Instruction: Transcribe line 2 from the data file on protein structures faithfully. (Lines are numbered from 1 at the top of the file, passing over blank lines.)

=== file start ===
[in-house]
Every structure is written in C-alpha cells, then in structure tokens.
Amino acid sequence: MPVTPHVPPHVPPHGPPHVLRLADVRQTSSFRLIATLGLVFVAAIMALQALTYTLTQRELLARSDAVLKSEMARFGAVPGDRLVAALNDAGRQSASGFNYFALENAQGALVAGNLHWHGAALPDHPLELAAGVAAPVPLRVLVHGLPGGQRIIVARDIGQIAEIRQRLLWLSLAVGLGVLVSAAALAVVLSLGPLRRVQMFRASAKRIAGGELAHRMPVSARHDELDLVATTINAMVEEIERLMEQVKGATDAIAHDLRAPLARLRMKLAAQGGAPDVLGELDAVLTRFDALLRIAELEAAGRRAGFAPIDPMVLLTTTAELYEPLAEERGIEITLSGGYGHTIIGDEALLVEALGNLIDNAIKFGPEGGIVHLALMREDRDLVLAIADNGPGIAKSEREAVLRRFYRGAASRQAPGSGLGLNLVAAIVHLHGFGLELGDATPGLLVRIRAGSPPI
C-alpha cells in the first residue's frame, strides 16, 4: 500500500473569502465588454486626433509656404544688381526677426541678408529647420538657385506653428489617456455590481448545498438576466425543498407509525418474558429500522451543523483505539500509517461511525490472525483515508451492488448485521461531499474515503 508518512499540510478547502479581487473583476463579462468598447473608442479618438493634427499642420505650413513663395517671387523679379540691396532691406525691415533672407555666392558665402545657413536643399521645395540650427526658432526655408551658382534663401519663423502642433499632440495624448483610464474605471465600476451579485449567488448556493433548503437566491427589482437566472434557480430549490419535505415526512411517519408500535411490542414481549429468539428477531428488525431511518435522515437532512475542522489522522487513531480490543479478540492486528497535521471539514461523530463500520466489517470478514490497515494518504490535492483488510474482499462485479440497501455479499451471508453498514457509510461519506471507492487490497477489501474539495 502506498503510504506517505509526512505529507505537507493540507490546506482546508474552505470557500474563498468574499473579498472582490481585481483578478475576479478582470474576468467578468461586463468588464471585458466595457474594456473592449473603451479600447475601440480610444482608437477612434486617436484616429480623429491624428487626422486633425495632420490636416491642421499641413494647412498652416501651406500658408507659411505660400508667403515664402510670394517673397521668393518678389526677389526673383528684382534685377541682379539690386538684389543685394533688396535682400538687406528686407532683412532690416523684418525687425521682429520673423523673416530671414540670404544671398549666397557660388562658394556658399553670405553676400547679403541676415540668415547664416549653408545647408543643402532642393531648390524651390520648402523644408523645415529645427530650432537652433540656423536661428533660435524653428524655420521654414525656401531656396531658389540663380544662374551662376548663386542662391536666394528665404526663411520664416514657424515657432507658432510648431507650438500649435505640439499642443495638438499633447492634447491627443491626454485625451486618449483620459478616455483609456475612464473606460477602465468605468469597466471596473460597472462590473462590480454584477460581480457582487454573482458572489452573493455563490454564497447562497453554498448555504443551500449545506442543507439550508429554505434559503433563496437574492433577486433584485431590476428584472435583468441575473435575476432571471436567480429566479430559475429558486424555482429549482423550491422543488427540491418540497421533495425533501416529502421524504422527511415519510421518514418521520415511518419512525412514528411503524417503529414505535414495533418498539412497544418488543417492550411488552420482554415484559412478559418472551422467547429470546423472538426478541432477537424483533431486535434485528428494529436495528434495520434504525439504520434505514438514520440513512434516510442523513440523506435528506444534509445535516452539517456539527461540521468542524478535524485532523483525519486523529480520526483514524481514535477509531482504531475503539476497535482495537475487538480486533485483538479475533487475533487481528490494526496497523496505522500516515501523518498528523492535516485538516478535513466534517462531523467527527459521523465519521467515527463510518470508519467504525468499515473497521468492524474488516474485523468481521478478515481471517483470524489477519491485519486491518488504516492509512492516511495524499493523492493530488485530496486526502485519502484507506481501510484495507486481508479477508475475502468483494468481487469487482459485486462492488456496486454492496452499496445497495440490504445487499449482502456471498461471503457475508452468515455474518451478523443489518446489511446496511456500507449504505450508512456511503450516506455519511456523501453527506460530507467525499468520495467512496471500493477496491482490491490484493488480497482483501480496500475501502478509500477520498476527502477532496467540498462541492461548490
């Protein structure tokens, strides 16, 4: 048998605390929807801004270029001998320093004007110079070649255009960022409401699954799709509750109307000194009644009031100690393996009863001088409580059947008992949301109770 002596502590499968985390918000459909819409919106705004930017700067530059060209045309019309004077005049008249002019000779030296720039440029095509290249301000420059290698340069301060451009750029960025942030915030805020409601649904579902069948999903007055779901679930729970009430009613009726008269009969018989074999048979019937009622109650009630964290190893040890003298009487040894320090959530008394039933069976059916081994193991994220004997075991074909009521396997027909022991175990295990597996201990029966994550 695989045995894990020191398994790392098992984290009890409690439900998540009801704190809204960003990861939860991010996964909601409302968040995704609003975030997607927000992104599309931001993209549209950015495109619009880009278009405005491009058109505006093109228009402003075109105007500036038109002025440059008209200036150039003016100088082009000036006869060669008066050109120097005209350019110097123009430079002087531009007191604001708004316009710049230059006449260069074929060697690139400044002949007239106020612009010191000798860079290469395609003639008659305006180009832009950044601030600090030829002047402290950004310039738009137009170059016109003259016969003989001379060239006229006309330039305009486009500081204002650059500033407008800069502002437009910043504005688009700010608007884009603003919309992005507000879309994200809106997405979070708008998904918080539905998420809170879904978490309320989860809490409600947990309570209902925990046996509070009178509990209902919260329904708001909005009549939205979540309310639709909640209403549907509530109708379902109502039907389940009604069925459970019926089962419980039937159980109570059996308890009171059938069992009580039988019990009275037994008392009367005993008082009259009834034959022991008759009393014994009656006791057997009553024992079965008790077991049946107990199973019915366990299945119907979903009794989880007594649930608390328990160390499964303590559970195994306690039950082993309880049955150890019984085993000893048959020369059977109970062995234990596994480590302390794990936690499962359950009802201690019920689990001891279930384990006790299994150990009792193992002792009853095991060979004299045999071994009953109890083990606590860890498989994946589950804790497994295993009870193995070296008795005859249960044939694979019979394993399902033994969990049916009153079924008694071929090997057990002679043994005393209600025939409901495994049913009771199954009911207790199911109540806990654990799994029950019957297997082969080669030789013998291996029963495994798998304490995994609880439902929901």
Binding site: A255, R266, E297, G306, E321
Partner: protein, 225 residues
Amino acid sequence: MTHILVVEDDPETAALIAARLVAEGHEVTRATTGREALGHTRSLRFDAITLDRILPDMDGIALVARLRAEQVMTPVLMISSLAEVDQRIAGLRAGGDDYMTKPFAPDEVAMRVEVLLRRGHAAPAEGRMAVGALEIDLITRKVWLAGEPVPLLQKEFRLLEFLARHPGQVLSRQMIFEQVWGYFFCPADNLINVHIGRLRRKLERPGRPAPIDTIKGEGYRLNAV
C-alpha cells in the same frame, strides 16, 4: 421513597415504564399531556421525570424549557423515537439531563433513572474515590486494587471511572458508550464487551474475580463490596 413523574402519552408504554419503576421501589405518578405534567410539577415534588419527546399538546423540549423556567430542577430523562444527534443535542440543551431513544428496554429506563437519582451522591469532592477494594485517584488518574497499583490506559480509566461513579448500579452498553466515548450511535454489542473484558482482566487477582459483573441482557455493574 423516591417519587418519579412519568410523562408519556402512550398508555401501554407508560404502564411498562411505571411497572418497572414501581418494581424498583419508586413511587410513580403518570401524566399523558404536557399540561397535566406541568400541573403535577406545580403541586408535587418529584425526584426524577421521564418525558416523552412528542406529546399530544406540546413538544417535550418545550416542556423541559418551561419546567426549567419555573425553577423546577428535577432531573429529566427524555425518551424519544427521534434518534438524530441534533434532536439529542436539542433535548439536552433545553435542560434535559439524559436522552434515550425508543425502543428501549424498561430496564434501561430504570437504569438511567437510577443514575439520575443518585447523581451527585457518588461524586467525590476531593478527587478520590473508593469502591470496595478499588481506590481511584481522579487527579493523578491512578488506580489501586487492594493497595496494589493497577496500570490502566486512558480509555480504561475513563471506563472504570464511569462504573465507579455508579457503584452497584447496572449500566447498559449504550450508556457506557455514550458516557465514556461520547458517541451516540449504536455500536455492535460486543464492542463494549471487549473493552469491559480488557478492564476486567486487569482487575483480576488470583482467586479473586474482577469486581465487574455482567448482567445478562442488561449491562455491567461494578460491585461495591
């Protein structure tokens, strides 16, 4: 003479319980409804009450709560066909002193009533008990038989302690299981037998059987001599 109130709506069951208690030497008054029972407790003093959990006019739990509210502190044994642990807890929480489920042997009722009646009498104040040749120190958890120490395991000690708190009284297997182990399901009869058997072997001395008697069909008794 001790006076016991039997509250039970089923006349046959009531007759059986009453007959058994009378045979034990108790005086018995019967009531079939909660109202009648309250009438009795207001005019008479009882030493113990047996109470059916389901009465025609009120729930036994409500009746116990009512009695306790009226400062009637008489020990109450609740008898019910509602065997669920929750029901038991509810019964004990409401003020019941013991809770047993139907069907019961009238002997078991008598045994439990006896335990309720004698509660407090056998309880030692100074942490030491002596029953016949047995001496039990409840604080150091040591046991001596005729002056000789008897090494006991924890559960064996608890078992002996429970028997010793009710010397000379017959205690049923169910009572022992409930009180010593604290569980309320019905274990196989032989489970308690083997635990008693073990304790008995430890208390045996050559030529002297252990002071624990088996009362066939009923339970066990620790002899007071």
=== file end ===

Every structure is written in C-alpha cells, then in structure tokens.